In summary, we have discovered previously unknown functions for the calpain small subunit as a regulator of traction forces and downstream events such as the strengthening of adhesions, independently of calpain 1 and calpain 2. In addition, the protein products of Capn1, Capn2 and Capn4 are all required for sensing environmental mechanical and topographical signals, and the associated remodeling of the actin cytoskeleton and adhesions. Our results provide further insight into the functional diversity of calpains as well as their possible interactions with signaling pathways that are independent of proteolysis.
Materials and Methods
Cell culture, transfections and immunofluorescence staining
Mouse embryonic fibroblasts (MEFs) from embryos expressing a defective small calpain subunit have previously been described (Arthur et al., 2000; Dourdin et al., 2001), and will be referred to as Capn4–/– fibroblasts. Calpain activity was partially restored by stable transfection with the plasmid pSBC-r28kDa encoding the full-length rat calpain small subunit as described (Dourdin et al., 2001), or through transient cotransfection of this construct with EGFP-Capn4. The plasmid hrEGFP-calpastatin, as described previously (Bhatt et al., 2002), was transfected into MEF cells with an Amaxa nucleofector and kit R (Amaxa, Gaithersburg, MD). Cells brightly fluorescing with EGFP, suggestive of a high level of expression of calpastatin and strong suppression of calpain proteolytic activity (Potter et al., 1998), were used for data collection. Overexpression of calpastatin was confirmed by western blot using a 10% Tris-HEPES-SDS precast polyacrylamide gel system (Pierce, Rockford, IL) and transfer onto PVDF membranes. Blots were probed with a 1:200 dilution of polyclonal anti-calpastatin (Santa Cruz,), an HRP-conjugated anti-rabbit secondary (Amersham, UK) and developed with the Amersham ECL-plus chemiluminescence kit.
All cell cultures were maintained in DMEM supplemented with 10% fetal bovine serum (Hyclone, Logan, UT), 2 mM L-glutamine, 100 U/ml penicillin, and 100 μg/ml streptomycin and incubated at 37°C under 5% humidified CO2. Cells were fixed for immunofluorescence in 4% paraformaldehyde and 0.1% Triton X-100 for 10 minutes, blocked for 1 hour with 5% BSA and incubated with 1:100 anti-vinculin (vin-11-5, Sigma, MO) and Alexa Fluor 488 anti-mouse secondary (Invitrogen, CA) and Alexa Fluor 546 phalloidin (Invitrogen, CA). A 1:200 Cy5 (650 nm) anti-mouse secondary antibody (Chemicon, MA) was used when EGFP-calpastatin was overexpressed. Collected images were pseudocolored and overlaid to identify areas of colocalization. To obtain the percentage of vinculin-containing adhesions attached to stress fibers in the anterior region, a straight line was first drawn perpendicular to the long axis of the cell along the front edge of the nucleus. The number of vinculin plaques that colocalize with actin fibers located between the line and the leading edge was then counted and divided by the total number of vinculin plaques in this region.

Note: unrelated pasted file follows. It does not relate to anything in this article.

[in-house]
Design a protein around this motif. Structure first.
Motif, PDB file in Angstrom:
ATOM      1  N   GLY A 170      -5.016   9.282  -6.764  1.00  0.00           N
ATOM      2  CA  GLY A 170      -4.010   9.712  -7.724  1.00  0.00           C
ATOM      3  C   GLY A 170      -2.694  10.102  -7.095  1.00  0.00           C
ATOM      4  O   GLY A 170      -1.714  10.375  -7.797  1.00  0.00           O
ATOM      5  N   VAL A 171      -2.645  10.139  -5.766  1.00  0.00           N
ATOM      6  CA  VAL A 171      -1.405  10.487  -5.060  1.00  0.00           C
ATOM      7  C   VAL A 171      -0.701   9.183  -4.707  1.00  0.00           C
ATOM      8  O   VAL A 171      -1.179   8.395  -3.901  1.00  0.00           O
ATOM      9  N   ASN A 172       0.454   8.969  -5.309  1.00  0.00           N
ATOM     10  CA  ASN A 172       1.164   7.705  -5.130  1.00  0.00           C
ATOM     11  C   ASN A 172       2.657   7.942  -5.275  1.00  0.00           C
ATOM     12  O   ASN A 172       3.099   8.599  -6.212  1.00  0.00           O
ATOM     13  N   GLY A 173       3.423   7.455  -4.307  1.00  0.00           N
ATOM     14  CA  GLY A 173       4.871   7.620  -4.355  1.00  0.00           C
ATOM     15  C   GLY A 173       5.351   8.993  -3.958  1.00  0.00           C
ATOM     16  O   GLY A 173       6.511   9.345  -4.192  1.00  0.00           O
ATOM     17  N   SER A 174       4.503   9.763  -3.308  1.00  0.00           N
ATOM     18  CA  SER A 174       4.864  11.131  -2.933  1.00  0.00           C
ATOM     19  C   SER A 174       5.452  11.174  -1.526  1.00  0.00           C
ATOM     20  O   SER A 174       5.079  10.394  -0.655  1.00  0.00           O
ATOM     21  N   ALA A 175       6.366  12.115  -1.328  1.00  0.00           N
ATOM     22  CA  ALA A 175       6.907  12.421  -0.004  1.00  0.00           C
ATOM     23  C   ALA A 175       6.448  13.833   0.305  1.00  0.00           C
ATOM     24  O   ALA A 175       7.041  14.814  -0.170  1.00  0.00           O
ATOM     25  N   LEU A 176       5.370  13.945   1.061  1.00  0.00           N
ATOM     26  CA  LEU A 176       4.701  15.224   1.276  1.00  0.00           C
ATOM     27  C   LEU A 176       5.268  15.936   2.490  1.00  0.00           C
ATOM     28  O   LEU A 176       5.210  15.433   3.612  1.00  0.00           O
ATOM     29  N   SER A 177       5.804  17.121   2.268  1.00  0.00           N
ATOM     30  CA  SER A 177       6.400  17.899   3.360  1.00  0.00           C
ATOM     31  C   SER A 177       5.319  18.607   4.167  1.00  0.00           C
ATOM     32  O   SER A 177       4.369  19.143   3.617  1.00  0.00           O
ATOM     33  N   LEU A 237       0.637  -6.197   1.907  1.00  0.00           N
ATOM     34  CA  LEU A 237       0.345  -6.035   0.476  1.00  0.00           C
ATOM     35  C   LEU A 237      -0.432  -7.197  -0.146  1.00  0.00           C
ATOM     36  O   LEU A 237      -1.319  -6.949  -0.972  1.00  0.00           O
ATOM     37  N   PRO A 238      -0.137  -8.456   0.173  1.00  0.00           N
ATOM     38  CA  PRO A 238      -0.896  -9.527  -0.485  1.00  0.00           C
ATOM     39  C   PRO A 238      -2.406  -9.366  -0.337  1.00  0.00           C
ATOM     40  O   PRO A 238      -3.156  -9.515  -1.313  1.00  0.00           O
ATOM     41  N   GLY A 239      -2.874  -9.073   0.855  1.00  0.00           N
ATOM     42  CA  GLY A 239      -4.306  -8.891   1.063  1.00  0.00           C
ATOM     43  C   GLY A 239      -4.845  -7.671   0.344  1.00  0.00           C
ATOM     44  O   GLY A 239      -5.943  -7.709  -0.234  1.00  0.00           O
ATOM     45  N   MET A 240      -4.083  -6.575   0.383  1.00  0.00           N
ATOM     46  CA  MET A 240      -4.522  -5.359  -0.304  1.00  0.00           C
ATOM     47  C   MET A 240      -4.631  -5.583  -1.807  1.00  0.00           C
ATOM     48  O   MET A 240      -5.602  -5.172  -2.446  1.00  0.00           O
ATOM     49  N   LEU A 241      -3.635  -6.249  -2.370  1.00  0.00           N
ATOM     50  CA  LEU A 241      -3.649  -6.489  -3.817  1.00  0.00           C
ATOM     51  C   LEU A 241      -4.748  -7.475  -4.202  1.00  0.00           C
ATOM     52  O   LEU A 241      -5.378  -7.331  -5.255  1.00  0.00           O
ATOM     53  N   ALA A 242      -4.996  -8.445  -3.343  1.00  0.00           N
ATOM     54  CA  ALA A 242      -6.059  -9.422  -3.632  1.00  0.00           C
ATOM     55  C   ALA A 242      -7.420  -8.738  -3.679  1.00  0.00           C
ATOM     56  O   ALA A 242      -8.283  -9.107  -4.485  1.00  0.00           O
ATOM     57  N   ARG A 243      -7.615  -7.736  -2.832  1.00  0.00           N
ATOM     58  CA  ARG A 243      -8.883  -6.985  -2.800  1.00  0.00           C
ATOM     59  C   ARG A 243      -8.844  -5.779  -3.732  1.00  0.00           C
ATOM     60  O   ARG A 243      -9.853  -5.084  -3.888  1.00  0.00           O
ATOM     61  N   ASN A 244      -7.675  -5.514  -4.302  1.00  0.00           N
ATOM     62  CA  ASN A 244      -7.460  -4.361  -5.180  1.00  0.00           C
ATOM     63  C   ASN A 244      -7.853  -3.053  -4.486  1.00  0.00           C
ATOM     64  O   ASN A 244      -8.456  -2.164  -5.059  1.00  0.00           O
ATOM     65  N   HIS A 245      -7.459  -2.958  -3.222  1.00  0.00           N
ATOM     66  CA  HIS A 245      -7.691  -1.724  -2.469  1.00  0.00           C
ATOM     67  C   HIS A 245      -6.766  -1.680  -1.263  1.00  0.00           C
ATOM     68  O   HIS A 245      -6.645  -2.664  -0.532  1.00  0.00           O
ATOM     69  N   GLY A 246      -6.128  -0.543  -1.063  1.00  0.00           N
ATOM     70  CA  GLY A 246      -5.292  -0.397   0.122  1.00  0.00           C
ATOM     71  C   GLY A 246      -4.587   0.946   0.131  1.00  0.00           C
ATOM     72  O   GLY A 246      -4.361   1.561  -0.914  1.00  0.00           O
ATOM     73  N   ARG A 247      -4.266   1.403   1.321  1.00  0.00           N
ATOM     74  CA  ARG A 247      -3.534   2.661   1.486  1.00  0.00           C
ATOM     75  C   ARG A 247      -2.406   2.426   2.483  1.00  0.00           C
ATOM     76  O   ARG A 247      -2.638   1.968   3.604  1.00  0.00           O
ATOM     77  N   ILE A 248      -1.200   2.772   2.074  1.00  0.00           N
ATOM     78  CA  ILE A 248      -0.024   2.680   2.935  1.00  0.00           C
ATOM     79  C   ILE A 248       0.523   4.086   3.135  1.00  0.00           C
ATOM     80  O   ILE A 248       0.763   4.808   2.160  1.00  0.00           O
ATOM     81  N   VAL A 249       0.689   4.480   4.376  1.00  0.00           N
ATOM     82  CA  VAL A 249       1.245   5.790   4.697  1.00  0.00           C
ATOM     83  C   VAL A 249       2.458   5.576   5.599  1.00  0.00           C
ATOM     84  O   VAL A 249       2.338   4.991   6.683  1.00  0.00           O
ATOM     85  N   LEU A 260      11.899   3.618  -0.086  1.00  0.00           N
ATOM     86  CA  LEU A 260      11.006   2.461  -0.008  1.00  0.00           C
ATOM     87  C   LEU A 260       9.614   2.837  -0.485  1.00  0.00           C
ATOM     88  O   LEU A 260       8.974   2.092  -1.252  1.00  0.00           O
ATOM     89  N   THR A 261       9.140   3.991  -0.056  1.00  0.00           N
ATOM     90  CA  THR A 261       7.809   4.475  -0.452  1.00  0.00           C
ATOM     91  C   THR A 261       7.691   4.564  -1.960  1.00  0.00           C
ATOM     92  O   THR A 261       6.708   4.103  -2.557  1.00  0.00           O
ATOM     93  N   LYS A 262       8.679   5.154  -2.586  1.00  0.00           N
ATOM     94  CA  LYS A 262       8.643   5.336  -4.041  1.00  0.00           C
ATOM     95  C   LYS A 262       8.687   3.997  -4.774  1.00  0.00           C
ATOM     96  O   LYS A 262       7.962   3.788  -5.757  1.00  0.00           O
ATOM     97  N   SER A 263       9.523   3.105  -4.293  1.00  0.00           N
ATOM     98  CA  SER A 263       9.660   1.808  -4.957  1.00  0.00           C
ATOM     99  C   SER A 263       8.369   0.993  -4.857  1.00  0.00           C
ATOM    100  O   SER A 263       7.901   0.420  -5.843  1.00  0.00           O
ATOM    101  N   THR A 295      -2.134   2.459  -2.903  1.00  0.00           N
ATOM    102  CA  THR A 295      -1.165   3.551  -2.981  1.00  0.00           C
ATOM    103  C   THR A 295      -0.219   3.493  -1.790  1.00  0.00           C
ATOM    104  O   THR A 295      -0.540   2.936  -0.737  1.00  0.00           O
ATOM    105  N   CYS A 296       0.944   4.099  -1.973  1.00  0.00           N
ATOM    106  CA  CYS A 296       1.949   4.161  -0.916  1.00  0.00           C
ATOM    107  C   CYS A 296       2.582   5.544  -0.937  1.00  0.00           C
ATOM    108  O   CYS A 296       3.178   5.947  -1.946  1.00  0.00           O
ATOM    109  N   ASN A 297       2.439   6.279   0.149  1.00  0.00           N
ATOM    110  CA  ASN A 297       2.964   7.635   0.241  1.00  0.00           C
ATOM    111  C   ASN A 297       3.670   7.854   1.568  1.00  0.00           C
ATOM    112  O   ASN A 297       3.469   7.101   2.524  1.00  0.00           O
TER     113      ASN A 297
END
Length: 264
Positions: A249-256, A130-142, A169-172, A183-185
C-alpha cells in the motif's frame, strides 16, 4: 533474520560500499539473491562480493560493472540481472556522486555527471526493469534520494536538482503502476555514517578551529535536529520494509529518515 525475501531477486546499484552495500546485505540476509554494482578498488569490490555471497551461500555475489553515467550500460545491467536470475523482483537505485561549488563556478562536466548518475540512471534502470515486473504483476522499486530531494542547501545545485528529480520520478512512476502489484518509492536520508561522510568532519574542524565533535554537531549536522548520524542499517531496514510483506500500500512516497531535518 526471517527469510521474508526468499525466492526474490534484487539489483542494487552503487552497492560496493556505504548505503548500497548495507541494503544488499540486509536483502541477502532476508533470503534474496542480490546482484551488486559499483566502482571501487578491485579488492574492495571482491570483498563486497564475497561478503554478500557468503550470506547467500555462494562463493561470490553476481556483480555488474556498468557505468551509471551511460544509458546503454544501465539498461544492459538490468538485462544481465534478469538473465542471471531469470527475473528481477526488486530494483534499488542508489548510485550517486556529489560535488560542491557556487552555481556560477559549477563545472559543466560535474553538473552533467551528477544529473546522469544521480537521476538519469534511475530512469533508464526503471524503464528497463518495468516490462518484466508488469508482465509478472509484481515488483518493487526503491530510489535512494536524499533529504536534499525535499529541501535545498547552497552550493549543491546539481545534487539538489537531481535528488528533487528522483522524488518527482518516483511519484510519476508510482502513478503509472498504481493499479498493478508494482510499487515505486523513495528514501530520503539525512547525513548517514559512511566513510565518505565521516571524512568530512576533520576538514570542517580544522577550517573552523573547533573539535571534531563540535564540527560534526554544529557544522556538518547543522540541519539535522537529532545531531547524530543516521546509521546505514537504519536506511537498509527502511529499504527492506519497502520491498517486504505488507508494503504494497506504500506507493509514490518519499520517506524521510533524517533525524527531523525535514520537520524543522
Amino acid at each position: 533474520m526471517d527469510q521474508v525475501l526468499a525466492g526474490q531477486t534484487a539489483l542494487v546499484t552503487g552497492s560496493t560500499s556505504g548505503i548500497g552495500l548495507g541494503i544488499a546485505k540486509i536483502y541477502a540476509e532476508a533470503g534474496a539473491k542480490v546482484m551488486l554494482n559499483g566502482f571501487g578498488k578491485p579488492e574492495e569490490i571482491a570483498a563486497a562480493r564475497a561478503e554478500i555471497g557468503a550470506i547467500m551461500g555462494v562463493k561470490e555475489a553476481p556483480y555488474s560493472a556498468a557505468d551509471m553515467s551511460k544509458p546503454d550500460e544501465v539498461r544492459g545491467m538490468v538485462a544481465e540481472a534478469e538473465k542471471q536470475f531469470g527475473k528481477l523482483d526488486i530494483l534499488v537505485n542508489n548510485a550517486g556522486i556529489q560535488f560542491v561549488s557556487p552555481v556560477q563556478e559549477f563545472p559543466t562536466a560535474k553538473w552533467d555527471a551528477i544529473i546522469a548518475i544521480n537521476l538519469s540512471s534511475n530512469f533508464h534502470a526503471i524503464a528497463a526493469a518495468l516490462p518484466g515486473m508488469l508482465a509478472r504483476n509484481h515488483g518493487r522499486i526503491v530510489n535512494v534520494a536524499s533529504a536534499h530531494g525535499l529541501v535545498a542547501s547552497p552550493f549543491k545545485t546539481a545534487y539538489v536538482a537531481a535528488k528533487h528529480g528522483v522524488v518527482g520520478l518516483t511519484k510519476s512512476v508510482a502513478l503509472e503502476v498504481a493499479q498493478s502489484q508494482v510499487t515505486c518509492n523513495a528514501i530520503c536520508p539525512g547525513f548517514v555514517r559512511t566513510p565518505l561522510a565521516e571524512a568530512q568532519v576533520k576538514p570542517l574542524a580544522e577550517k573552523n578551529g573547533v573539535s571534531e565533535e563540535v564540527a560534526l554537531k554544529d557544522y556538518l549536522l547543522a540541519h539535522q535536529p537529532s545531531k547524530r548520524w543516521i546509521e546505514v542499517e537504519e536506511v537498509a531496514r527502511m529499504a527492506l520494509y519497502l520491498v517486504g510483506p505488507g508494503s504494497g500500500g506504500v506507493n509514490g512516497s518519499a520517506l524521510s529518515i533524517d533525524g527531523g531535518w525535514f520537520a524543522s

Gene silencing with siRNA
Wild-type MEFs were also used for selectively silencing Capn4 via siRNA. The knockdown was generated through transient transfection of siRNA oligonucleotides using the SMARTpool system of Dharmacon. The efficiency of silencing is illustrated by the dramatic difference in immunofluorescence staining intensity between control cells and silenced cells, using an antibody against the N-terminus of the small subunit (Triple Point Biologics) and by real-time RT-PCR. For RT-PCR analysis, total RNA was extracted from control and silenced cells using the RnaEasy kit (Qiagen) and reverse transcribed using random hexamer primers and the Ready-to-go you-prime first-strand beads (Amersham Biosciences). The Capn4 primers used were 5′-ACTATCGGTAGCCATGAACTCCCA-3′ and 5′-ATCCATGTTTCCGCTCTCATCTGC-3′. Glyceraldehyde-3-phosphate dehydrogenase (GAPDH) served as the control gene and the forward and reverse primers were respectively TCAACAGCAACTCCCACTCTTCCA and ACCCTGTTGCTGTAGCCGTATTCA. Amplification reactions were performed with 500 ng total cellular RNA and 0.3 μM primers in duplicate for each cell type. Reverse transcription was performed for 30 minutes at 60°C. Reactions were heat denatured for 2 minutes at 95°C and 60 cycles of real time quantitative PCR were carried out using SYBR Green PCR Master Mix Reagents (ABGene) in a MX300P (Stratagene) machine. The results were calculated with the Stratagene system using the Comparative CT method for relative quantification. The average CT value of Capn4-silenced cells and control cells were calculated to be 18.52 and 15.55, respectively. Given the exponential nature of the amplification, the results are calculated as 2n, where n=CT values between the test and control. The results indicate an 88% decrease in RNA levels in Capn4-silenced cells compared with the control cells. Stable suppression of Capn1 and Capn2 expression in MEF cells has been previously described (Franco et al., 2004a; Franco et al., 2004b).
Calpain activity assay